out the proposed project is invited to work with his/her institution to 
develop an application for support. Individuals from underrepresented racial 
and ethnic groups as well as individuals with disabilities are always 
encouraged to apply for NIH programs.  It is advisable that the Principal 
Investigator be a highly placed institutional official, at the level of Dean 
or equivalent, who has responsibility and authority for research activities at 
the applicant organization, as well as the authority to commit institutional 
funds and resources.

SPECIAL REQUIREMENTS

1. Sources of Funding:  A description of the anticipated sources of the non-
Federal funding for the project (both matching funds and funds needed to 
complete the total project) must be provided with the application, including a 
letter from an appropriate institutional official (authorized to commit funds 
at the institution) committing the matching funds and assuring that they will 
be “in-hand” prior to an award.  The minimum match requirement will be $1 
(awardee) to $3 (Federal).  Only applications proposing a Federal share of $15 
to 25 million will be accepted.  No facilities and administrative (F&A) costs 
may be requested, nor will any facilities and administrative costs be awarded.  
Organizations may contribute more than the required matching funds to allow 
for larger projects.  Existing assets may not be used as matching funds; 
examples of unallowable existing assets include the value of currently owned 
land, land acquisition costs, existing infrastructure, existing buildings, 
equipment, and off-site improvements (see unallowable costs, 
http://grants.nih.gov/archive/grants/policy/nihgps_2001/part_iib_1.htm).  

2. Overall Facility Requirements:  The proposed facility must be a stand-alone 
comprehensive research laboratory building at a single site with a single 
project footprint.  It must have a minimum size of 30,000 gross square feet 
(GSF) that will provide flexibility and adaptability in meeting the needs of 
the NIAID Biodefense Agenda.  The RBL must incorporate defined public, 
laboratory, vivarium (limited to small animal and non-human primate 
facilities), and support zones including appropriate research, information 
technology, administrative support, and conference space.  Additions to 
existing buildings, completion of uninhabitable “shell” space in new or 
existing buildings, and major alterations and renovations are not allowed.  
Major renovations and alterations may be funded through other initiatives 
(http://www.ncrr.nih.gov/resinfra/ri_rfip.asp).  The acquisition and 
installation of fixed equipment, such as casework, fume hoods, large 
autoclaves, or biological safety cabinets, is allowed.  

3. Animal Facility Requirements:  High-level biocontainment animal facilities 
for multiple small species are required, while those for non-human primate 
models are encouraged.  The facilities must be planned and designed to allow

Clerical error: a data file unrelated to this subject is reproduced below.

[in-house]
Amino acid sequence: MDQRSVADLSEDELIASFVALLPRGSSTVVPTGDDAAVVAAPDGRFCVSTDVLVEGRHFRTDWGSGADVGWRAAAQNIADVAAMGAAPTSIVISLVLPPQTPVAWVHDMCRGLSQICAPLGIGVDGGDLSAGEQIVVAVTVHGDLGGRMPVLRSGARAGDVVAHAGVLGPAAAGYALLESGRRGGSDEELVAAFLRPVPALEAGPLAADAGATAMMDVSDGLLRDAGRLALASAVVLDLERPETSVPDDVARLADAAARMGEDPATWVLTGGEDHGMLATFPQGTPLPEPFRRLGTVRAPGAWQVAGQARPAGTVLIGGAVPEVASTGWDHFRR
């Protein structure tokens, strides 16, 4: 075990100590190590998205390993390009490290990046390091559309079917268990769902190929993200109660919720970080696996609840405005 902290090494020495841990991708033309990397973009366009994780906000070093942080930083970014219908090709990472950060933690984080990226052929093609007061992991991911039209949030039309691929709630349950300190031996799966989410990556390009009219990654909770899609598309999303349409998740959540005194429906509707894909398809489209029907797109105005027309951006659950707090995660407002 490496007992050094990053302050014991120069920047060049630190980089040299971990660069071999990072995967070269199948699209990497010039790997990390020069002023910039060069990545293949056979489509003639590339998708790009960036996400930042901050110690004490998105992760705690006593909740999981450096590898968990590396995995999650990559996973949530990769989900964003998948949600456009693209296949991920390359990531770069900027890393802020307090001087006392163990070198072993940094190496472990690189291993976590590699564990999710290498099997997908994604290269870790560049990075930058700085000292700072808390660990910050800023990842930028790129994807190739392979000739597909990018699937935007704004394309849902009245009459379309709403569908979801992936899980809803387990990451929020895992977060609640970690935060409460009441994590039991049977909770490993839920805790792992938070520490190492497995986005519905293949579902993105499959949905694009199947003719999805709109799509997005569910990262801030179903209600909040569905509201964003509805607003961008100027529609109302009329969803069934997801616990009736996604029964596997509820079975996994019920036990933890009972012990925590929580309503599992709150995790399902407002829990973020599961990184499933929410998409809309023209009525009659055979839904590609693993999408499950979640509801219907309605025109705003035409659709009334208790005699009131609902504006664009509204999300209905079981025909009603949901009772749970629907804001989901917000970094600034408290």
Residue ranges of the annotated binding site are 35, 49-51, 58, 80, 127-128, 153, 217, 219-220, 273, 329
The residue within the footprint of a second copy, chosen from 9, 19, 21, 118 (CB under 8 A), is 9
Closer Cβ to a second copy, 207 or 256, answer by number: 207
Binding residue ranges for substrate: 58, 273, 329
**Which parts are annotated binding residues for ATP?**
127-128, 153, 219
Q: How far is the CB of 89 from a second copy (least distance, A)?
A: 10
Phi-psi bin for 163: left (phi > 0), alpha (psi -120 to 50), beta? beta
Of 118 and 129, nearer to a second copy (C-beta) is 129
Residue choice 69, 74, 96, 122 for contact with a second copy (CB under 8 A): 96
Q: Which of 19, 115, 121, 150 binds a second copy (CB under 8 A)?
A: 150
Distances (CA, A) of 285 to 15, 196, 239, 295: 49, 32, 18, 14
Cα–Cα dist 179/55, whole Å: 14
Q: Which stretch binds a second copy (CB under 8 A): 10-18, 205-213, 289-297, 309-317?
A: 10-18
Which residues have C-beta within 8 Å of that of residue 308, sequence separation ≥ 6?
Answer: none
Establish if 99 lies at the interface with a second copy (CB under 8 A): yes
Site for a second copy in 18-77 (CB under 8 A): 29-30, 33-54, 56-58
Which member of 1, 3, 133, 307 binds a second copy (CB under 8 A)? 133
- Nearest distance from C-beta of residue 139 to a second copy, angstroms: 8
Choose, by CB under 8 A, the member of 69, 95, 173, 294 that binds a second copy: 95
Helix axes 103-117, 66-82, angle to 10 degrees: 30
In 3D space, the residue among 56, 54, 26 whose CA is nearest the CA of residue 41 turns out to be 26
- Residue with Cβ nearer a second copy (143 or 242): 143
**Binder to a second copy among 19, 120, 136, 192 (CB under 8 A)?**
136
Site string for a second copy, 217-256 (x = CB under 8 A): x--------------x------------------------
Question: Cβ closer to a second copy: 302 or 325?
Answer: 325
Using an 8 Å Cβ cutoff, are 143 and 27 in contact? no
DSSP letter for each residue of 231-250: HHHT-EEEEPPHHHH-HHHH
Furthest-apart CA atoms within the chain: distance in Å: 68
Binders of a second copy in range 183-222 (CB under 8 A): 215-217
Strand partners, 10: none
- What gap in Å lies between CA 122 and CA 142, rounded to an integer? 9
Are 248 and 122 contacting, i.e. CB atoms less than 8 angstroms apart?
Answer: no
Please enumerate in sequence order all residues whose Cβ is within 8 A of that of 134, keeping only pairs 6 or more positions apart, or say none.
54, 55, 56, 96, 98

for maximum flexibility and adaptability for protocols requiring work with 
both infected and uninfected animals.  The facilities shall include all 
required program spaces to support the mission of the RBL, i.e., animal 
holding areas, procedure rooms, surgical suites, necropsy room, and all other 
required vivarium support such as a cage wash, autoclaves, a tissue digester, 
food and bedding storage, medical pathological waste storage, and a 
loading/receiving area; as appropriate.  The design also should include BSL-2 
laboratory space, as appropriate, to support the BSL-3 laboratories.  
Facilities to conduct aerobiology work and capability for GLP compliance also 
are encouraged.  Facilities for large animals (bovine, equine, ovine, etc.) 
and BSL-3AG facilities will not be supported.  

4. Overall Facility Design:  The RBL design should maximize operational 
effectiveness, efficiency and space utilization, and create a high-quality, 
state-of-the-art work environment that is appropriate for biomedical and 
microbial research.  The facility must be reliable, adaptable, and 
sufficiently flexible to serve multiple users and their unique user 
requirements related to biocontainment, and should accommodate changing future 
research needs.  

5. Utilities Infrastructure:  The existing site utilities infrastructure must 
be adequate to ensure reliability in supporting the proposed facility.  
Emergency and standby power and 100% redundant mechanical, electrical, and 
plumbing systems must be provided to meet the safety needs of the occupants 
and the surrounding community.  The redundancy requirement includes site 
utilities, primary mechanical and electrical equipment, and distribution 
systems.  Each piece of equipment and its related components should be capable 
of being totally isolated from the remaining operational units to accommodate 
routine maintenance and emergency repairs, as well as designed to ensure